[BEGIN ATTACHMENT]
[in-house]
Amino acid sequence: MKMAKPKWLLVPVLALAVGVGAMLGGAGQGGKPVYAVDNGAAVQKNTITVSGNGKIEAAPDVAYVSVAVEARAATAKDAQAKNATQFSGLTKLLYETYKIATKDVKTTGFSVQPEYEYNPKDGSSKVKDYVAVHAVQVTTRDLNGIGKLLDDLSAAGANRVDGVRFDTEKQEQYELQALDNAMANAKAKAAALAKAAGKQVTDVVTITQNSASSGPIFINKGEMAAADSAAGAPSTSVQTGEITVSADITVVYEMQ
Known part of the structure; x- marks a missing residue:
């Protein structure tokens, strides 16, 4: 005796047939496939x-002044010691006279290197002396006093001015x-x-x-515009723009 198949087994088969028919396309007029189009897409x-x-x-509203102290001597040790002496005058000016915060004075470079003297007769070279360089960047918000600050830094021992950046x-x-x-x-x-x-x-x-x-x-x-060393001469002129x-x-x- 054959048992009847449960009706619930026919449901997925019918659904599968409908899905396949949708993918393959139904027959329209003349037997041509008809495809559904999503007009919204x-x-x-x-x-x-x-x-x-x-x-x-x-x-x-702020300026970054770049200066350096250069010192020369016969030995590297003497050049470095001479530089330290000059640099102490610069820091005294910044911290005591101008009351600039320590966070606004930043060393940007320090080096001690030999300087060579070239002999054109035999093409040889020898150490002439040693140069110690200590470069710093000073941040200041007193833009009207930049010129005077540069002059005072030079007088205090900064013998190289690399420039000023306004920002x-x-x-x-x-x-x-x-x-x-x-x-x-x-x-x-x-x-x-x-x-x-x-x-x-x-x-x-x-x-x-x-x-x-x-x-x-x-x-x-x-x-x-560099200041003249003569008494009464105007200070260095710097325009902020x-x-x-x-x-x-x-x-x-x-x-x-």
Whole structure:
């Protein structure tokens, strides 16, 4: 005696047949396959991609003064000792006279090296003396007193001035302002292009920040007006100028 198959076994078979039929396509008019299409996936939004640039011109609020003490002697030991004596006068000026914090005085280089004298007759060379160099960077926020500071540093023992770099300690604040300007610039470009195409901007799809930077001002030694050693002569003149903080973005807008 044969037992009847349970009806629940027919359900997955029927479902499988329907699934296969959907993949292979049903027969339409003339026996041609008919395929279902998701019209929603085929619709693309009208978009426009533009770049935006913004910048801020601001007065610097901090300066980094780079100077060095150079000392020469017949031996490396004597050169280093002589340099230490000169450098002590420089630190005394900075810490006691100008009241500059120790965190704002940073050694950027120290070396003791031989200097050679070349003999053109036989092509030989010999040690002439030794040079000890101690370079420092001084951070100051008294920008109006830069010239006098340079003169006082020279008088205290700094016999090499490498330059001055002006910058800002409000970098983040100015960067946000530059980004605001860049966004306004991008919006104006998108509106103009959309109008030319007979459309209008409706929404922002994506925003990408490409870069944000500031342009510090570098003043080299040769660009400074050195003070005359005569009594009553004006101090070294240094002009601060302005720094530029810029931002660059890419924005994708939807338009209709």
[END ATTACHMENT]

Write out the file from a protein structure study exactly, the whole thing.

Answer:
[in-house]
Amino acid sequence: MKMAKPKWLLVPVLALAVGVGAMLGGAGQGGKPVYAVDNGAAVQKNTITVSGNGKIEAAPDVAYVSVAVEARAATAKDAQAKNATQFSGLTKLLYETYKIATKDVKTTGFSVQPEYEYNPKDGSSKVKDYVAVHAVQVTTRDLNGIGKLLDDLSAAGANRVDGVRFDTEKQEQYELQALDNAMANAKAKAAALAKAAGKQVTDVVTITQNSASSGPIFINKGEMAAADSAAGAPSTSVQTGEITVSADITVVYEMQ
Known part of the structure; x- marks a missing residue:
């Protein structure tokens, strides 16, 4: 005796047939496939x-002044010691006279290197002396006093001015x-x-x-515009723009 198949087994088969028919396309007029189009897409x-x-x-509203102290001597040790002496005058000016915060004075470079003297007769070279360089960047918000600050830094021992950046x-x-x-x-x-x-x-x-x-x-x-060393001469002129x-x-x- 054959048992009847449960009706619930026919449901997925019918659904599968409908899905396949949708993918393959139904027959329209003349037997041509008809495809559904999503007009919204x-x-x-x-x-x-x-x-x-x-x-x-x-x-x-702020300026970054770049200066350096250069010192020369016969030995590297003497050049470095001479530089330290000059640099102490610069820091005294910044911290005591101008009351600039320590966070606004930043060393940007320090080096001690030999300087060579070239002999054109035999093409040889020898150490002439040693140069110690200590470069710093000073941040200041007193833009009207930049010129005077540069002059005072030079007088205090900064013998190289690399420039000023306004920002x-x-x-x-x-x-x-x-x-x-x-x-x-x-x-x-x-x-x-x-x-x-x-x-x-x-x-x-x-x-x-x-x-x-x-x-x-x-x-x-x-x-x-560099200041003249003569008494009464105007200070260095710097325009902020x-x-x-x-x-x-x-x-x-x-x-x-």
Whole structure:
């Protein structure tokens, strides 16, 4: 005696047949396959991609003064000792006279090296003396007193001035302002292009920040007006100028 198959076994078979039929396509008019299409996936939004640039011109609020003490002697030991004596006068000026914090005085280089004298007759060379160099960077926020500071540093023992770099300690604040300007610039470009195409901007799809930077001002030694050693002569003149903080973005807008 044969037992009847349970009806629940027919359900997955029927479902499988329907699934296969959907993949292979049903027969339409003339026996041609008919395929279902998701019209929603085929619709693309009208978009426009533009770049935006913004910048801020601001007065610097901090300066980094780079100077060095150079000392020469017949031996490396004597050169280093002589340099230490000169450098002590420089630190005394900075810490006691100008009241500059120790965190704002940073050694950027120290070396003791031989200097050679070349003999053109036989092509030989010999040690002439030794040079000890101690370079420092001084951070100051008294920008109006830069010239006098340079003169006082020279008088205290700094016999090499490498330059001055002006910058800002409000970098983040100015960067946000530059980004605001860049966004306004991008919006104006998108509106103009959309109008030319007979459309209008409706929404922002994506925003990408490409870069944000500031342009510090570098003043080299040769660009400074050195003070005359005569009594009553004006101090070294240094002009601060302005720094530029810029931002660059890419924005994708939807338009209709």